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Re: [tlug] Japanese page has been revised

>>>>> "Scott" == Scott Robbins <> writes:

    >> Anyway, I don't think you said exactly what was makes anthy
    >> preferable over canna.

    Scott> Because Stephen said so.  :) Actually, it's subjective, and
    Scott> seems to be the preferred solution these days.

Right; that's precisely what I said.  :-)

Personally, I've never seen a purple cow ... ahem.  Personally, I've
never used Anthy, and haven't used Wnn or ATOK in 10 years.
XEmacs<->Canna satisfies almost all my needs, and the rare cases where
I'm desperate for nihongo in a browser I use Safari on the Mac or
Firefox<->kinput2<->Canna.  I mean, how much Japanese can you type in
a Google search box?  :-)

    >> Before I follow the instructions on your page and remove my
    >> working canna in favour of possibly improved anthy, I was
    >> wondering if you'd be willing to say a little something about
    >> what makes you like one over the other. On the web page you say
    >> anthy is more popular, but is that its only advantage?

Canna is a mature project; that means its APIs have fossilized.  There
has only been two major releases since I started using it in 1992.  It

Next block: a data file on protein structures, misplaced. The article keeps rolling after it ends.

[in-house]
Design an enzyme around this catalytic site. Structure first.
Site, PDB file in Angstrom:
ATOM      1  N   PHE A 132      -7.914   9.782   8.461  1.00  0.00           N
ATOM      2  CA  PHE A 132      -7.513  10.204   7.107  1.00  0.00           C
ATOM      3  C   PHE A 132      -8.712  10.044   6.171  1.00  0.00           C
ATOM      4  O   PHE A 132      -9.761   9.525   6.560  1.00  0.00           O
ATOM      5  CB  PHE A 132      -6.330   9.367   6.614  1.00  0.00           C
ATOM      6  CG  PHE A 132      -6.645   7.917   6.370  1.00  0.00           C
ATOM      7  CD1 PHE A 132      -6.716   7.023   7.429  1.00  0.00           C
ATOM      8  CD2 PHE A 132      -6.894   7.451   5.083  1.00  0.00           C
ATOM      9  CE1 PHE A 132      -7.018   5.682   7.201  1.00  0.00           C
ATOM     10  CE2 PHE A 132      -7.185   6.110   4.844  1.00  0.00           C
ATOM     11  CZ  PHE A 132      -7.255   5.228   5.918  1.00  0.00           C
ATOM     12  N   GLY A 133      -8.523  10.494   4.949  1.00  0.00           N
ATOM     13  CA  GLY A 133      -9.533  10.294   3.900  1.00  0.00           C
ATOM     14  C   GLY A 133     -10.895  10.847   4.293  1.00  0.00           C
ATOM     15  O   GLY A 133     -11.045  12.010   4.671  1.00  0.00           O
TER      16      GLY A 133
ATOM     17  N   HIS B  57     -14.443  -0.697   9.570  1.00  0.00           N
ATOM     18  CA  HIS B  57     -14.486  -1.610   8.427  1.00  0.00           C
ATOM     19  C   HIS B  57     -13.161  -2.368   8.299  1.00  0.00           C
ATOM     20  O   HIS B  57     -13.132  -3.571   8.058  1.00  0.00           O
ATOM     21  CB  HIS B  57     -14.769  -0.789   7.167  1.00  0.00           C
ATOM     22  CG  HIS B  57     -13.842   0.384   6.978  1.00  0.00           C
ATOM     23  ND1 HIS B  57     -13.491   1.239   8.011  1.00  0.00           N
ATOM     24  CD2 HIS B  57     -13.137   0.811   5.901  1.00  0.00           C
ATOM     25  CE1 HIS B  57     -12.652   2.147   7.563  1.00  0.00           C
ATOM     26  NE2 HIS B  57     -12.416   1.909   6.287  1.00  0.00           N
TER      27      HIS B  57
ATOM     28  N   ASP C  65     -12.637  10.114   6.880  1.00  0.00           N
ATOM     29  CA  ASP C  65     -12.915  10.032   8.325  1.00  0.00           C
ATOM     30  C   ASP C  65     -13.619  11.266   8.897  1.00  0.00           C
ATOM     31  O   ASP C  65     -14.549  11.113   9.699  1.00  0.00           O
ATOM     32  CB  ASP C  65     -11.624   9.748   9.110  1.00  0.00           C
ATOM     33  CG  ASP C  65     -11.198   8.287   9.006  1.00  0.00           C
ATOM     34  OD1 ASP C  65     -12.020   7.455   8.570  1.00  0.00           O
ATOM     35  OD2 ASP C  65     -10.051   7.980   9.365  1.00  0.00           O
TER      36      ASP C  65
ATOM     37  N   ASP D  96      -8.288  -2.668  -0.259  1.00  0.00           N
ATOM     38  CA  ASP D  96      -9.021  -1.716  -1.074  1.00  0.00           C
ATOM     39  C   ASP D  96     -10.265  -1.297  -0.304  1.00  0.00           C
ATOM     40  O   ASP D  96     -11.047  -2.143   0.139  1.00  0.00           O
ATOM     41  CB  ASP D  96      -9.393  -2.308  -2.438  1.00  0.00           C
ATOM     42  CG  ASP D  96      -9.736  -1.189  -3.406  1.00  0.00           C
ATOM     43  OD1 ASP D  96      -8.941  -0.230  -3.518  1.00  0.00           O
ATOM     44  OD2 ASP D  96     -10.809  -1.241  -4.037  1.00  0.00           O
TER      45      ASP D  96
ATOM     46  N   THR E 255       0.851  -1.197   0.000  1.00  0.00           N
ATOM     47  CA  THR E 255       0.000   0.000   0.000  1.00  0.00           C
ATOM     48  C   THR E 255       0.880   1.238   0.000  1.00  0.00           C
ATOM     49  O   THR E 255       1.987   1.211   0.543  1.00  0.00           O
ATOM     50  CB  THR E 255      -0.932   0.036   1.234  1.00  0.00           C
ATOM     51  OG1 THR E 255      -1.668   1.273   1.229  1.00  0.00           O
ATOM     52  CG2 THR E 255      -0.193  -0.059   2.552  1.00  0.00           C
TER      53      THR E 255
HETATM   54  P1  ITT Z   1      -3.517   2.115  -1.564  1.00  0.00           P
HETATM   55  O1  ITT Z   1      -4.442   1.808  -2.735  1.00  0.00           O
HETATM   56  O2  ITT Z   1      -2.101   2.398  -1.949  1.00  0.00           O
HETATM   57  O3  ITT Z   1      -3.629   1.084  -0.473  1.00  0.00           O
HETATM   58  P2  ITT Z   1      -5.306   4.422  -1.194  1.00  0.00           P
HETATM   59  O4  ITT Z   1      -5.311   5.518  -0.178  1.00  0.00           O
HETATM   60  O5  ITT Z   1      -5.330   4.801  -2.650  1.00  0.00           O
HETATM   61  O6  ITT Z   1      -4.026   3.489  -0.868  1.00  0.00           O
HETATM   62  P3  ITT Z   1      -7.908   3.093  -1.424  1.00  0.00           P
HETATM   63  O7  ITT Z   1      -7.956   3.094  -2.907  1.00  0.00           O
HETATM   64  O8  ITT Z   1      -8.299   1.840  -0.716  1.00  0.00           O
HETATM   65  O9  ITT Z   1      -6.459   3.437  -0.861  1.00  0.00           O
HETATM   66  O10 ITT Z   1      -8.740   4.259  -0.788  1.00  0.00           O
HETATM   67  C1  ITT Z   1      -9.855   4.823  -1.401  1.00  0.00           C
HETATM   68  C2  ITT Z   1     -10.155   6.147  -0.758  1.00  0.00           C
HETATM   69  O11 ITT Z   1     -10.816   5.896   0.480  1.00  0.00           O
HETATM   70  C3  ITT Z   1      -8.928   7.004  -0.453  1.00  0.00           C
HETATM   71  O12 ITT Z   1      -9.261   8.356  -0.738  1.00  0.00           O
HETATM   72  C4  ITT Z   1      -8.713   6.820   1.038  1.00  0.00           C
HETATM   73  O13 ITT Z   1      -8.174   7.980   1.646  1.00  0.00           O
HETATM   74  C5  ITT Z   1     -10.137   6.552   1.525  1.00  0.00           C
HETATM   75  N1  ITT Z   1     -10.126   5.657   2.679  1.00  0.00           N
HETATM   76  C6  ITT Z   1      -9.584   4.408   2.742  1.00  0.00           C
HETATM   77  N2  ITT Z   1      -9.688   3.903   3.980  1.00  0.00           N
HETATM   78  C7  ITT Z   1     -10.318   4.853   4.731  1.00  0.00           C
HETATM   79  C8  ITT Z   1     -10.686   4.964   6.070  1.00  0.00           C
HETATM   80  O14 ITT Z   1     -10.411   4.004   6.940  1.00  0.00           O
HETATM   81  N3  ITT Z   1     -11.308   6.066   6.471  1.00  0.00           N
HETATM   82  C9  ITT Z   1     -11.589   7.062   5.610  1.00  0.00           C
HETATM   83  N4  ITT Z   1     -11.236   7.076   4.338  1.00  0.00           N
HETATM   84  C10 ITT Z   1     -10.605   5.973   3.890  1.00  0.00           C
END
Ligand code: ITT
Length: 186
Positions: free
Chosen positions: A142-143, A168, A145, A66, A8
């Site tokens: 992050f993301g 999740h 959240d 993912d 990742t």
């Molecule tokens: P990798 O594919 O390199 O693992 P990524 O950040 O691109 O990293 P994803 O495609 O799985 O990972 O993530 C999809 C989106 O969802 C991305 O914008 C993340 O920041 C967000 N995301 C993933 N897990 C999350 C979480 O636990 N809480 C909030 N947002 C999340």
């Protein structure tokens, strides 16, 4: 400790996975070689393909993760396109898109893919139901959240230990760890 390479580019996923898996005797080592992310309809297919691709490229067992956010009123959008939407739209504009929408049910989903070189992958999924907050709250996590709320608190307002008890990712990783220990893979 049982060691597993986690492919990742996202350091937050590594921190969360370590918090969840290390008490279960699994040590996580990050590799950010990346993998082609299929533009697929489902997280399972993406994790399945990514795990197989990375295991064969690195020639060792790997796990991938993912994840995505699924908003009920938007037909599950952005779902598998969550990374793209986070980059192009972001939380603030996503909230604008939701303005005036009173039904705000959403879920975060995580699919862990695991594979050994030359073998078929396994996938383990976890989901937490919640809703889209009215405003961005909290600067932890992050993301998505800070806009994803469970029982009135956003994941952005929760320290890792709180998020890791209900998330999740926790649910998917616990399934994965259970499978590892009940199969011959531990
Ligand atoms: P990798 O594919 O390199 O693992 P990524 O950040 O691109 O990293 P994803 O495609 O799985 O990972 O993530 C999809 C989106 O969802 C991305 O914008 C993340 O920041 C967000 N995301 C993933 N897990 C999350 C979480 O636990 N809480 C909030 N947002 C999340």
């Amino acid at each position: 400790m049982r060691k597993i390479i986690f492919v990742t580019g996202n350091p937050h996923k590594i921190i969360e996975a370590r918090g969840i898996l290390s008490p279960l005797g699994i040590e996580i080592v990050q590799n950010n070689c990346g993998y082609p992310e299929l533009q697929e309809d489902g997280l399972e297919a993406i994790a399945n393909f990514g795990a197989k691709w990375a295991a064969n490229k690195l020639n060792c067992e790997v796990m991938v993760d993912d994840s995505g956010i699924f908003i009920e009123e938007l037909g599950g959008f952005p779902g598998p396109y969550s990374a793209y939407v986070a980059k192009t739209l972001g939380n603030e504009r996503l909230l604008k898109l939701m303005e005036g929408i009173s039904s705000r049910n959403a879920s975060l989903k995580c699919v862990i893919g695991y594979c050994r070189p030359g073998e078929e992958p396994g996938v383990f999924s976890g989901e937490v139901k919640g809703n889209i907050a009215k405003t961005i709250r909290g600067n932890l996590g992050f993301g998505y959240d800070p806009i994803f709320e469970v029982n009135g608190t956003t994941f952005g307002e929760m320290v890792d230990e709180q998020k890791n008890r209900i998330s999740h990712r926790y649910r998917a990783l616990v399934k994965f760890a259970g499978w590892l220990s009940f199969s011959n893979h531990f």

also has its own built-in "front end processor" (the pre-editor that
edits the kana and sends commands to the dictionary engine).  You can
rebind the commands, but it's awkward for an expert and novices just
don't even try.  Most of the development recently has gone into
improving the dictionary (and that even forked).

Anthy is a backend dictionary engine only, although it's closely
related to the uim front end.  So is probably more pleasant to program
for.  That gives it an edge in developer enthusiasm.  I bet it also
integrates better with GTK than Canna does.  Woo woo!

The web-based Anthy documentation says nothing about the algorithms
used for learning and extracting morpho-syntactic information.  So I
would guess there's not much new there.

Finally, the two big selling points on the Wiki are that it's free
(who thinks that makes it a better conversion engine, besides RMS? and
anyway both Canna and FreeWnn are free) and secure.  "Secure"
apparently simply means that (1) it doesn't do networks so the
conversion protocol can't be sniffed to find out what you're typing,
and (2) if you make your private dictionary readable only by yourself,
nobody can read your private dictionary.

My feeling is it's a typical Japanese fork just to be idiosyncratic,
but it looks like it's going somewhere so it's popular.  From the
user's point of view, just take whatever you've got at hand.  :-)

N.B. all of the above is based on reading the Anthy Wiki; I guess I'll
have to try it one of these days, but I haven't done so yet.

School of Systems and Information Engineering
University of Tsukuba                    Tennodai 1-1-1 Tsukuba 305-8573 JAPAN
               Ask not how you can "do" free software business;
              ask what your business can "do for" free software.

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